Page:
You'll be able to really engage with a subject that you've seen or haven't seen on television. It's really using the fact that this is a way of navigating around material that's completely different to watching a 50-minute television documentary.
One of the things to do when you get on an aeroplane, isn't just to do your seat belt up, but particularly I think when the cabin crew demonstrate how to do it, have a go at doing it...
It just enables us to use material in a different way, it enables us to shoot material in a different way. So the package you see is not just sort of what ends up on the cutting room floor, it's what we're trying to make into an experience.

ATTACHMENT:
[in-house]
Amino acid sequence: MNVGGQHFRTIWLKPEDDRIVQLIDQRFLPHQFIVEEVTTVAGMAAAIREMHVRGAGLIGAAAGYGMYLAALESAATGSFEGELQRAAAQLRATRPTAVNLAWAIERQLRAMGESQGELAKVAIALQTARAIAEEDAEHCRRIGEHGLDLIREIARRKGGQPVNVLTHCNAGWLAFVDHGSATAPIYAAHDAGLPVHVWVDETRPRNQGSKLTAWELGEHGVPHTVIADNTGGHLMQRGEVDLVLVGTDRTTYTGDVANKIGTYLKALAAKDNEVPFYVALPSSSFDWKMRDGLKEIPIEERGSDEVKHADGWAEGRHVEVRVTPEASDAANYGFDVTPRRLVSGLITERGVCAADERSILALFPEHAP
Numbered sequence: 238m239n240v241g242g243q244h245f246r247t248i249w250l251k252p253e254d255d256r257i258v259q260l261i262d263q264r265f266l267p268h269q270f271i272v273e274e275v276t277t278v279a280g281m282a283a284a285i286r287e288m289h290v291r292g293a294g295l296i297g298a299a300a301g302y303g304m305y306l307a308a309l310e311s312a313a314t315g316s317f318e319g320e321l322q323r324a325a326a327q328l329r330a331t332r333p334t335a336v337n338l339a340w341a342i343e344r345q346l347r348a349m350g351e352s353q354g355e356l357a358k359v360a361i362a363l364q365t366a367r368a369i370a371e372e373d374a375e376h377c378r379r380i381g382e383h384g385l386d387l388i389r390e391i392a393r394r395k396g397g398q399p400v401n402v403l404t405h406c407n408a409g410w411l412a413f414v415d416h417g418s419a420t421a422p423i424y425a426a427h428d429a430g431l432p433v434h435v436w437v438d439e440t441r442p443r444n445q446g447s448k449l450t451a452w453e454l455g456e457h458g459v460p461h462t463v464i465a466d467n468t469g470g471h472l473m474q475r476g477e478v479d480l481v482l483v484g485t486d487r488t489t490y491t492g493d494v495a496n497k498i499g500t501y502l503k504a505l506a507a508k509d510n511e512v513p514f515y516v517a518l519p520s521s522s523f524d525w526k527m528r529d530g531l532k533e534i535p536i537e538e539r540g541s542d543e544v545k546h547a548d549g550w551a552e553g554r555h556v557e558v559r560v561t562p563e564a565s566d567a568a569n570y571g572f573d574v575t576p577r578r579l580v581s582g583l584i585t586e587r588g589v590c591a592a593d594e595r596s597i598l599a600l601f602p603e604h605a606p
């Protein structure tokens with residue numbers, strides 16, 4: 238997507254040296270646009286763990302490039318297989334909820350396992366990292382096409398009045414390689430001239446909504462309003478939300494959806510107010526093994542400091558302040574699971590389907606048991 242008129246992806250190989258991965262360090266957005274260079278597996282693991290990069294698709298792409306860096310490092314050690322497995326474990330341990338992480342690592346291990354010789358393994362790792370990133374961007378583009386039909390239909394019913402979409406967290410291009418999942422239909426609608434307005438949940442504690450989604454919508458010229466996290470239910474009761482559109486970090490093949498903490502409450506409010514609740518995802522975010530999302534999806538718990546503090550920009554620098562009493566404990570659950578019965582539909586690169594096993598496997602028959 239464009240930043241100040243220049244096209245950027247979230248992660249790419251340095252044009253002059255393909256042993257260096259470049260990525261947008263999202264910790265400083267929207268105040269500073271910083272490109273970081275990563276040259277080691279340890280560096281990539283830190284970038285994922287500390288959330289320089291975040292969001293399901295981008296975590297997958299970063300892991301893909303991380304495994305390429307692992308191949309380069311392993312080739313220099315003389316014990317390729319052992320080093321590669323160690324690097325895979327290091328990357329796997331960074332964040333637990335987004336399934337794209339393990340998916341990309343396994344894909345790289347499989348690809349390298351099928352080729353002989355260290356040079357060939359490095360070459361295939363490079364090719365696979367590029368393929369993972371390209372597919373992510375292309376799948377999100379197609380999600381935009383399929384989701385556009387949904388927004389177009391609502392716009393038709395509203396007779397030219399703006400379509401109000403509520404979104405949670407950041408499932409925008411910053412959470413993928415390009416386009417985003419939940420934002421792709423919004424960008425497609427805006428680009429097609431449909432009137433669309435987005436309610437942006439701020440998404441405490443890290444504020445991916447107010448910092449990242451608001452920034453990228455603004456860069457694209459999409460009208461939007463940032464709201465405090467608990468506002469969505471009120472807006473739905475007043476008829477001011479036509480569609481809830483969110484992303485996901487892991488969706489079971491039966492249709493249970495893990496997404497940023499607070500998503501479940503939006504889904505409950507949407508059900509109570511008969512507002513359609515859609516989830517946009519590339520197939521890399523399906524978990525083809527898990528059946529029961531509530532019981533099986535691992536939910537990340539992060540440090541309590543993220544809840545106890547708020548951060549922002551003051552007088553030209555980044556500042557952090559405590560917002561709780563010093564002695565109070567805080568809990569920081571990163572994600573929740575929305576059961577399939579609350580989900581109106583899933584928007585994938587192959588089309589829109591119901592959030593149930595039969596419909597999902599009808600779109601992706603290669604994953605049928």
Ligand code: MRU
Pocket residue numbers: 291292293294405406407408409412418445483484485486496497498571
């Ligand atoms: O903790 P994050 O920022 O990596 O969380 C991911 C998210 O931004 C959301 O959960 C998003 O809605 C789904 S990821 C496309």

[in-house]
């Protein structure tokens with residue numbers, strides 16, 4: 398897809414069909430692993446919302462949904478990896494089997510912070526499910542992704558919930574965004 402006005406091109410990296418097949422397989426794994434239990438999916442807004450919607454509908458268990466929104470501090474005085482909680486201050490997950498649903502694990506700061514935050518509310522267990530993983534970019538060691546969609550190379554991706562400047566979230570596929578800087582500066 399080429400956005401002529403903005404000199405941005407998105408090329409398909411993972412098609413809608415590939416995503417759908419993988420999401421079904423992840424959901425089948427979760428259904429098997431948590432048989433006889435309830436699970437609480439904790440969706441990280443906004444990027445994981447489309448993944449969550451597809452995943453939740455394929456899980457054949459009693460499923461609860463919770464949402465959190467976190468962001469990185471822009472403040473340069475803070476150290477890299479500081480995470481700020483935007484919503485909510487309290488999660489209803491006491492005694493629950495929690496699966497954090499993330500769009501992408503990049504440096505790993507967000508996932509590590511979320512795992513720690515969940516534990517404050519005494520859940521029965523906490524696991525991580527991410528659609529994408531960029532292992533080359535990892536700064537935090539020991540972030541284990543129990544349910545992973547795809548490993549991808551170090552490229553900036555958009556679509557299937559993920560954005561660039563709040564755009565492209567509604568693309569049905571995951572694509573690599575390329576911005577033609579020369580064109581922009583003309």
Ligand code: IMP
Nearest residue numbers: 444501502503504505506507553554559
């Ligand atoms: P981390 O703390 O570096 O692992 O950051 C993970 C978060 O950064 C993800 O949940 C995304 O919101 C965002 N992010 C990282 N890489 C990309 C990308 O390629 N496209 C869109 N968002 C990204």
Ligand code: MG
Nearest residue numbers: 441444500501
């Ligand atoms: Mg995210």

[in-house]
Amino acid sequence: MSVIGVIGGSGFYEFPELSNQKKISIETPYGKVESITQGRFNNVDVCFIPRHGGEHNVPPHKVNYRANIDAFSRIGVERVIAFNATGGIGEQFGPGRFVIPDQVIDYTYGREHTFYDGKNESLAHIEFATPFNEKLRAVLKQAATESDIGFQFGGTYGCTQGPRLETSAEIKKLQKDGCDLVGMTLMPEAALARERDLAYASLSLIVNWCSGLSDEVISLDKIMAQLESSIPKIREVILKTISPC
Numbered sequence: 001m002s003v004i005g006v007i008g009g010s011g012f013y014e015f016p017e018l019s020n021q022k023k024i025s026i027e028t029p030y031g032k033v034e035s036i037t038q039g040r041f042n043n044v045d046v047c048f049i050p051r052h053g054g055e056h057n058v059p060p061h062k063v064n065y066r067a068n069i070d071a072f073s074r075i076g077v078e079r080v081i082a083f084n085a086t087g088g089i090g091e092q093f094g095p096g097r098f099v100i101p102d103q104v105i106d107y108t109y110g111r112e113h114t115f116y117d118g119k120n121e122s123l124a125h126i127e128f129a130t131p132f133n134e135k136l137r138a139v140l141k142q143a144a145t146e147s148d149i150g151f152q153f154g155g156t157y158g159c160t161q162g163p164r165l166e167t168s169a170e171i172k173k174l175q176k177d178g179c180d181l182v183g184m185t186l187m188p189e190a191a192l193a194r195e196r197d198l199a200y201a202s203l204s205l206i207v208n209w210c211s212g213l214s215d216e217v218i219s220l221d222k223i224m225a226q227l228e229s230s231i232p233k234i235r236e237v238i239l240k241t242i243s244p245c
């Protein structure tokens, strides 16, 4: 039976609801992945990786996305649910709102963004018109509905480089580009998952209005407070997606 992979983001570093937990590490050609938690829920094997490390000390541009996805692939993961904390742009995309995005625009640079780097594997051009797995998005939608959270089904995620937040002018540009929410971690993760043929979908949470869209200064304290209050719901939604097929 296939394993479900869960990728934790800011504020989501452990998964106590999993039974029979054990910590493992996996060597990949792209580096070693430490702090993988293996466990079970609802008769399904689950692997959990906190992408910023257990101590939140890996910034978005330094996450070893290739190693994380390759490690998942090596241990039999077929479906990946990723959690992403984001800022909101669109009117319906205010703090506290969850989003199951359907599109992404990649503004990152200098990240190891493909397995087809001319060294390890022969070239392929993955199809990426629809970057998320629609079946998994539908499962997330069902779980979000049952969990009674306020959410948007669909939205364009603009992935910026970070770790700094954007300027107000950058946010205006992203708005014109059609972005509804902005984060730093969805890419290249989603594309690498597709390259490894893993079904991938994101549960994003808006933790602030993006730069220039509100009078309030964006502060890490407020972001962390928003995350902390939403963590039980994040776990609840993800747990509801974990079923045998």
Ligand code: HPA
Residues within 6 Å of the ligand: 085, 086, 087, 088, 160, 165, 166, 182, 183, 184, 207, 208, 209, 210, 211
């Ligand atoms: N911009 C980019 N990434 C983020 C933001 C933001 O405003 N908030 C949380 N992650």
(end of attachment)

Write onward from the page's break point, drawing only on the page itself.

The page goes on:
What's really wonderful about the broadband site, particularly for someone who has worked around Horizon for so many years now, is the fact that we can finally go back to that archive and start getting material available for people to look at. And that will be something that builds up over the months and years to come, where we get more and more of the Horizon archive onto the site.
And one of the most exciting things is that we're going to have material that is specifically designed for you to interact with on the broadband site, and that it's shot, and it's cut just for it to appear on the broadband site which I think is a very exciting development for us.
From the Editor
Have a listen to Andrew's thoughts on some of the films on air this autumn.
Chimps are People too
'Chimps are People too' is presented by Danny Wallace, a non-scientist. Why go down this route?